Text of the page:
The filmmakers try to give a balanced picture of the sordid scandal, with gifted actor Christopher Plummer portraying Cardinal Bernard Law as a confused man who claims that he passed pedophile priests on to other parishes because he believed that they could change. He does have the courage to attend a meeting of the self-help group where he offers a lame apology–but he refuses to resign his post. There is a scene in which, summoned to Rome, he has an audience with Pope Paul II, who does not want him to resign. Countering the various pedophile priests is Father Dominic Spagnolia (Brian Dennehy), who does not hesitate to denounce Cardinal Law from his pulpit. There is a suggestion of a plot to frame him by a false accusation of child molestation, and when that charge seems to be overcome, another dark secret from his past is revealed. It seems that archdiocese is willing to do anything to someone questioning its hypocritical relationship to the victims of its priests.
The film suffers from so many victimized characters that at times our attention seems divided. Father Spagnolia’s story is told in just enough detail to gain our interest, but not enough to be satisfying–a whole film could have been devoted to him, or better, this slightly over two-hours long film could have been expanded to a miniseries so that we could have come to know all the various characters in more fully. However, the cast is so good–both the actors portraying the major characters, and those on screen for just a few minutes (Ellen Burstyn as a mother whose seven boys were all molested is on screen for just five minutes or so)–that we are drawn into their stories, and with Mitch, come to despise the church hierarchy that seems more interested in protecting the good name (and assets) of the institution than in helping those victimized by its priests.
The film, however, is not anti-church, just pro-gospel. It deserves to be seen and discussed by a large audience. Those wanting to explore the themes of guilt and forgiveness will especially appreciate the film, as the two scenes described below demonstrate. The DVD also features a short “making of” documentary with the real victims telling their stories. This in itself could be used as a launching pad for a church school class probing the story behind the headlines.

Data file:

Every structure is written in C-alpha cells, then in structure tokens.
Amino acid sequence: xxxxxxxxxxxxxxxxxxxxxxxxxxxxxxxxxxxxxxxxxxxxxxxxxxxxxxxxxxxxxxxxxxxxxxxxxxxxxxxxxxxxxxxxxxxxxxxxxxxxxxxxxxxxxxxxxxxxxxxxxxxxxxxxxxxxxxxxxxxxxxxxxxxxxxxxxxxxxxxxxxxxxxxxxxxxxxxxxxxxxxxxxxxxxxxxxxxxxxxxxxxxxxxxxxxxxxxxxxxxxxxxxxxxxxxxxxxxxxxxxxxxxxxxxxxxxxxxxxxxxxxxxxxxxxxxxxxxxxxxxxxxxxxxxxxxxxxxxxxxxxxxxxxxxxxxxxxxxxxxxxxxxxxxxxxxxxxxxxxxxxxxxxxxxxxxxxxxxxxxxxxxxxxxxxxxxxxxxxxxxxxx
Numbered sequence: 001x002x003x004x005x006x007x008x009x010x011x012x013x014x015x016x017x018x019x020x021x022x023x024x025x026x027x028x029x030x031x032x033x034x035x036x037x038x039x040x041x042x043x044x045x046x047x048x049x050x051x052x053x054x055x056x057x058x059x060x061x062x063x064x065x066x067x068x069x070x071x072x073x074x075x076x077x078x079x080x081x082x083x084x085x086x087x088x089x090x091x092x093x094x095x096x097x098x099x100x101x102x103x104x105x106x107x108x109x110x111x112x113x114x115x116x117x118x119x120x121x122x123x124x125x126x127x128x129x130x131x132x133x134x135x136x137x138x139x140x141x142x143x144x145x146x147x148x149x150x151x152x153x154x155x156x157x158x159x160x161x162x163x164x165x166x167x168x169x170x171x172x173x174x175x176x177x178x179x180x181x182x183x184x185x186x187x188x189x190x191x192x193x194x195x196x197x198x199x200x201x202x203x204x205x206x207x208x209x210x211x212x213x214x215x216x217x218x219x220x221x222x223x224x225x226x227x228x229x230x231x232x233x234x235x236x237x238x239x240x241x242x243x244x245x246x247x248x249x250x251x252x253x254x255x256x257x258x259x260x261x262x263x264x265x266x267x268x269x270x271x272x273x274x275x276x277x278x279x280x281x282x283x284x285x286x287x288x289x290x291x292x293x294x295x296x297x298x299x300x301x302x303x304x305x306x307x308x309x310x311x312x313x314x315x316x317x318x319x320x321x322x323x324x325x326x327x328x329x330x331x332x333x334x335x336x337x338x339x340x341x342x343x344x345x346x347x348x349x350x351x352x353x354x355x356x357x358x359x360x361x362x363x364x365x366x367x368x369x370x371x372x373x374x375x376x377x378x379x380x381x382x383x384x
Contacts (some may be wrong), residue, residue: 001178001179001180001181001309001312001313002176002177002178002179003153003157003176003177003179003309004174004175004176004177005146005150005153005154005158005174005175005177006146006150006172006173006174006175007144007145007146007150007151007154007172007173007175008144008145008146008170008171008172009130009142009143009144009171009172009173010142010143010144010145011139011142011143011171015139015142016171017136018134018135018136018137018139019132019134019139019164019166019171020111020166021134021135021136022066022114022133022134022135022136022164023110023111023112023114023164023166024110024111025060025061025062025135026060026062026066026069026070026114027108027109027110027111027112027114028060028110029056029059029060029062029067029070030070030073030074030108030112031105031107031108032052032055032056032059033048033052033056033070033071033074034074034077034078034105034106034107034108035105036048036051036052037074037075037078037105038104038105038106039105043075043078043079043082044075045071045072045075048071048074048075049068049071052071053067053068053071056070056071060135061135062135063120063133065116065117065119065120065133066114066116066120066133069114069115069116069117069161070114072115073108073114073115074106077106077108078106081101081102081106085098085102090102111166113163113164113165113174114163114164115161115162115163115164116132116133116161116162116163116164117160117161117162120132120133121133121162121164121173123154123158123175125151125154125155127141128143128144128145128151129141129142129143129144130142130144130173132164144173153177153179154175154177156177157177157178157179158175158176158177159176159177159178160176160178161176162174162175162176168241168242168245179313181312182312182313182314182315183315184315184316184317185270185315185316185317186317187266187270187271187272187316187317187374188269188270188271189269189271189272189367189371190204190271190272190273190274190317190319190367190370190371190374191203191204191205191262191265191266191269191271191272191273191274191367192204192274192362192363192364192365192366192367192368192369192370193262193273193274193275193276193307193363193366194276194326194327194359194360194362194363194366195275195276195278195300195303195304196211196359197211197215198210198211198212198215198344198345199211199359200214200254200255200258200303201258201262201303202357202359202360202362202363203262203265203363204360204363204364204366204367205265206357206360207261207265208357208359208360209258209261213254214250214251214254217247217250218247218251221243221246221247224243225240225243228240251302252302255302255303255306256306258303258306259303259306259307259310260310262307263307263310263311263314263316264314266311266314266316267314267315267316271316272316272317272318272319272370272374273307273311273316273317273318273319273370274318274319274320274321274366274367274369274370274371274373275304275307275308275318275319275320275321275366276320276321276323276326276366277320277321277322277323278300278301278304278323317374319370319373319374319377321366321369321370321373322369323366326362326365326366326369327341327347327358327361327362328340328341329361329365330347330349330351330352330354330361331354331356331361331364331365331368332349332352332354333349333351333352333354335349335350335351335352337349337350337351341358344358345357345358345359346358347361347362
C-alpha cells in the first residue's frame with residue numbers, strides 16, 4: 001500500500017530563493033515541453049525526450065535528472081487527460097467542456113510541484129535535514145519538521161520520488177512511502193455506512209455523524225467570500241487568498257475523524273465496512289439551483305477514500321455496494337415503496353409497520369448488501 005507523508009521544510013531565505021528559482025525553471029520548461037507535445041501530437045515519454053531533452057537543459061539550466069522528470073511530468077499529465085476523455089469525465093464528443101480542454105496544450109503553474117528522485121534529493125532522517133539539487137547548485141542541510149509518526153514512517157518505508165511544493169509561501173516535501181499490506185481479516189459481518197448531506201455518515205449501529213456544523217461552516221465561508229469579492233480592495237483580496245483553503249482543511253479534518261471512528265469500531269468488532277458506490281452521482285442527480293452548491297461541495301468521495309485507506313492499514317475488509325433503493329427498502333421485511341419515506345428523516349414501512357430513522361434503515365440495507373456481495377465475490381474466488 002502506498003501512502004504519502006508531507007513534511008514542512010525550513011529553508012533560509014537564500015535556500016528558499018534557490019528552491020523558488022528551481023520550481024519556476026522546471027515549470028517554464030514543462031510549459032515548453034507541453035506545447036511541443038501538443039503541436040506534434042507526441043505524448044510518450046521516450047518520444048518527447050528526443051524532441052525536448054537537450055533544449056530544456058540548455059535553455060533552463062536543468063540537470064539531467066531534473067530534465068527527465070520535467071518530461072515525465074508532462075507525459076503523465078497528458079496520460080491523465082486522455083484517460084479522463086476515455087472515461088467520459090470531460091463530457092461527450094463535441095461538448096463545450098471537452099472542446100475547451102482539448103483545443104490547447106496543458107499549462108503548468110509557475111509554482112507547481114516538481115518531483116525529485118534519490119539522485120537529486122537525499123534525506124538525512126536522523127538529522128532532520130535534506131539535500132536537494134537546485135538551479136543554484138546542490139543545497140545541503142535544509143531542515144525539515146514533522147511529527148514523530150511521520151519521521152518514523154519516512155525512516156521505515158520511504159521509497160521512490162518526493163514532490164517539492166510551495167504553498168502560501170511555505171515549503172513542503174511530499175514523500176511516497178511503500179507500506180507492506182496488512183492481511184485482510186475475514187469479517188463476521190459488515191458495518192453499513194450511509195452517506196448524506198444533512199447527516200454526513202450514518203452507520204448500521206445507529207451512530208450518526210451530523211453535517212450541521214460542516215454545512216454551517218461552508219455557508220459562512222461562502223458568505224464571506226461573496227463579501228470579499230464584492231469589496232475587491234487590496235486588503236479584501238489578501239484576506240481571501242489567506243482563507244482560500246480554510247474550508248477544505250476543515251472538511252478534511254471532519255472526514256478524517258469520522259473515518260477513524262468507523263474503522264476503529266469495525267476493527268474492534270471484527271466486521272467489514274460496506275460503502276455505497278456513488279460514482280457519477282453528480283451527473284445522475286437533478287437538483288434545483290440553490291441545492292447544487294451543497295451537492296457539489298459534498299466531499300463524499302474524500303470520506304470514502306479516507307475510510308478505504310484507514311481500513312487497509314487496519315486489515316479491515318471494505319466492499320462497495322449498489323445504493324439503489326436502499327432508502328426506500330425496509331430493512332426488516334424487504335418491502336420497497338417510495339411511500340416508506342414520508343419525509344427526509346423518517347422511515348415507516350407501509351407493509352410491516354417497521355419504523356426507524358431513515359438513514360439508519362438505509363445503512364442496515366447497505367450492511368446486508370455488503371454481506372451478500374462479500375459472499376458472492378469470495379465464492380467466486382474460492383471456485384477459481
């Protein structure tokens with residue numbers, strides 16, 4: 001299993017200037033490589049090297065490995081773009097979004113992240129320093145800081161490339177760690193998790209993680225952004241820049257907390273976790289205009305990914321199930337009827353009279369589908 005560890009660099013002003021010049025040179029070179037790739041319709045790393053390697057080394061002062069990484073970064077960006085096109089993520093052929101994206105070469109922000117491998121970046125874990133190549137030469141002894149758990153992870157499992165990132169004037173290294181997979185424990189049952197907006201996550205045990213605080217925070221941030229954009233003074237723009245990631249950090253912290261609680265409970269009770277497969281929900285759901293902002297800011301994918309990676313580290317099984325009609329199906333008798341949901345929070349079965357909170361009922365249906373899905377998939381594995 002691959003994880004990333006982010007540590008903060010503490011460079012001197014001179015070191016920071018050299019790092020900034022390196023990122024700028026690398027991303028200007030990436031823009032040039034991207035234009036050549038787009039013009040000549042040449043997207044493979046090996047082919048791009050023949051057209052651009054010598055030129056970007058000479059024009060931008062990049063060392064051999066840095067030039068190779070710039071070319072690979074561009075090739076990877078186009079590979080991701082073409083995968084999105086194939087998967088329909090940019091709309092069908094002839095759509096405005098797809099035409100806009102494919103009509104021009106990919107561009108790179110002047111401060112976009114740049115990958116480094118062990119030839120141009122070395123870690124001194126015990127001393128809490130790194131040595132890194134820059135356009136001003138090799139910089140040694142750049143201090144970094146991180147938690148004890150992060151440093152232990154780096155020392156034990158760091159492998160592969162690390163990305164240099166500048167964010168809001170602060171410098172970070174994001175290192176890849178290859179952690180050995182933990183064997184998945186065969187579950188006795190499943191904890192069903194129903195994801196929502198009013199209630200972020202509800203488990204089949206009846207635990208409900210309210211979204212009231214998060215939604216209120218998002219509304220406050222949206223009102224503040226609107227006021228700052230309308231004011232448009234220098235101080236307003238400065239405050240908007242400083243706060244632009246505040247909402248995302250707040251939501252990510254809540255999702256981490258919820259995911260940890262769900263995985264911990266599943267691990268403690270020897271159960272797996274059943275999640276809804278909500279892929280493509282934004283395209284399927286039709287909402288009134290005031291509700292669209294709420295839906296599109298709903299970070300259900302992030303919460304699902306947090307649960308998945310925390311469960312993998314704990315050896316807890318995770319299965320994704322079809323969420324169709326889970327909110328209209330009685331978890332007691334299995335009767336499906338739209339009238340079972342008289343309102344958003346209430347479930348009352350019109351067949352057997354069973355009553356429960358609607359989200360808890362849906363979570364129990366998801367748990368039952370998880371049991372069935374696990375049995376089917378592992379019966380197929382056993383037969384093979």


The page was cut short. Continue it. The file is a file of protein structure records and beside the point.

Good teaching/preaching moments:
1) Tom Blancette (Hugh Thompson), one of the victims decides to visit in the hospital his abuser, Fr. Birmingham. The dying priest apparently cannot speak, but he is fully conscious as his visitor introduces himself, telling him that he was one of the boys in his parish whom he victimized. We can see on the visitor’s face the conflicting emotions that have been tearing at him, and we can also see the priest’s awareness in his face, his eyes a bid widened, no doubt in fearful apprehension. We expect the visitor to launch into a tirade, or, when he brings up the subject of forgiveness, to demand an apology. Instead, he asks the priest to forgive him—for all the years that he has hated him. Tears well up in the face of the priest, matching those streaking down Tom’s face. He even offers a prayer in which he asks for the priest to be healed!
2) A second moving scene is when Olan Horne (Chris Bauer) confronts Archbishop Law, who then agrees to the challenge/invitation to attend a meeting of victims abused by the priests. The prelate takes his seat at the table facing the room full of men, many of them there with their spouses and parents. He hangs his head in shame as two of the men share their sad story of how they were taken advantage of by predator priests. Then the presider, mentioning that there are a number of victims who are not present because they committed suicide, asks those who knew or were related to them, to stand. A surprisingly large number rise up. The cardinal keeps his eyes lowered, until one woman, angered at this, yells to him, “Open up your eyes and look!” Her rebuke become symbolic, reaching back to the time when the cardinal first learned of the problem, and did nothing.